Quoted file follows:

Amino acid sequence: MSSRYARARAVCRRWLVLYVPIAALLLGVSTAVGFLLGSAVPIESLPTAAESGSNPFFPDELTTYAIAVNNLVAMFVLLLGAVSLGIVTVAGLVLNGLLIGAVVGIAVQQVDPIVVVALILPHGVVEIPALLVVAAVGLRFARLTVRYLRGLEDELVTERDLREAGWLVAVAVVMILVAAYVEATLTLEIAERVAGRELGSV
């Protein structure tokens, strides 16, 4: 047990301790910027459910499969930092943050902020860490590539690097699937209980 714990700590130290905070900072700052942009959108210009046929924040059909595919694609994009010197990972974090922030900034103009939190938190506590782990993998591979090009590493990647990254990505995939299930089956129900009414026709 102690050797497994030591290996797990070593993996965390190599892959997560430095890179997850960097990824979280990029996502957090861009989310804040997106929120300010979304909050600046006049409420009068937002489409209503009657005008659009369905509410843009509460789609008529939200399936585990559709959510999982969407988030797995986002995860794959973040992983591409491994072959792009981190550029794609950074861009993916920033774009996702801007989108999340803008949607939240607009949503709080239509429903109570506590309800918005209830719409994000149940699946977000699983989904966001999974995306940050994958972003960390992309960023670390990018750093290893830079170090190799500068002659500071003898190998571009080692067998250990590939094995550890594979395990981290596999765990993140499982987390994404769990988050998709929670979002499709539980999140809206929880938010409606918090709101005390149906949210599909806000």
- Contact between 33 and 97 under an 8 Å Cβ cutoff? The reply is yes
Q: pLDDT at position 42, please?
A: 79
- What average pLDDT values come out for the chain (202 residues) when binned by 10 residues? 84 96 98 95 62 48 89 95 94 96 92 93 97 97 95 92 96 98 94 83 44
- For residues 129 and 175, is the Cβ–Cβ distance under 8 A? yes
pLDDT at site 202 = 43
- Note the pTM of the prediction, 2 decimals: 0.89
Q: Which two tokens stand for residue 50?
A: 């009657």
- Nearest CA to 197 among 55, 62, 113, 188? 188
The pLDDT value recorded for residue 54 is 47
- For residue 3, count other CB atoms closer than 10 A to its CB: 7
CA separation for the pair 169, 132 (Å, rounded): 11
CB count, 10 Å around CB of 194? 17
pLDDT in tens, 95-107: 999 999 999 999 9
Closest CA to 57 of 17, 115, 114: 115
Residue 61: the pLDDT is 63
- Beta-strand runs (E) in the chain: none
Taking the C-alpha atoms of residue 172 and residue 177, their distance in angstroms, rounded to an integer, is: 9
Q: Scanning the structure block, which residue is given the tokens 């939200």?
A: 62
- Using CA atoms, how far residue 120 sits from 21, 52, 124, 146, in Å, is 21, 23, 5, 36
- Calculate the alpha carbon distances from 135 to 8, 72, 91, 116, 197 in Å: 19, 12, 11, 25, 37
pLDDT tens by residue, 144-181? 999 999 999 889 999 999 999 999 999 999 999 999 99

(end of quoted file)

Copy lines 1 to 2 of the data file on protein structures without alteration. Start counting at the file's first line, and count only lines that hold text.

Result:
Amino acid sequence: MSSRYARARAVCRRWLVLYVPIAALLLGVSTAVGFLLGSAVPIESLPTAAESGSNPFFPDELTTYAIAVNNLVAMFVLLLGAVSLGIVTVAGLVLNGLLIGAVVGIAVQQVDPIVVVALILPHGVVEIPALLVVAAVGLRFARLTVRYLRGLEDELVTERDLREAGWLVAVAVVMILVAAYVEATLTLEIAERVAGRELGSV
């Protein structure tokens, strides 16, 4: 047990301790910027459910499969930092943050902020860490590539690097699937209980 714990700590130290905070900072700052942009959108210009046929924040059909595919694609994009010197990972974090922030900034103009939190938190506590782990993998591979090009590493990647990254990505995939299930089956129900009414026709 102690050797497994030591290996797990070593993996965390190599892959997560430095890179997850960097990824979280990029996502957090861009989310804040997106929120300010979304909050600046006049409420009068937002489409209503009657005008659009369905509410843009509460789609008529939200399936585990559709959510999982969407988030797995986002995860794959973040992983591409491994072959792009981190550029794609950074861009993916920033774009996702801007989108999340803008949607939240607009949503709080239509429903109570506590309800918005209830719409994000149940699946977000699983989904966001999974995306940050994958972003960390992309960023670390990018750093290893830079170090190799500068002659500071003898190998571009080692067998250990590939094995550890594979395990981290596999765990993140499982987390994404769990988050998709929670979002499709539980999140809206929880938010409606918090709101005390149906949210599909806000």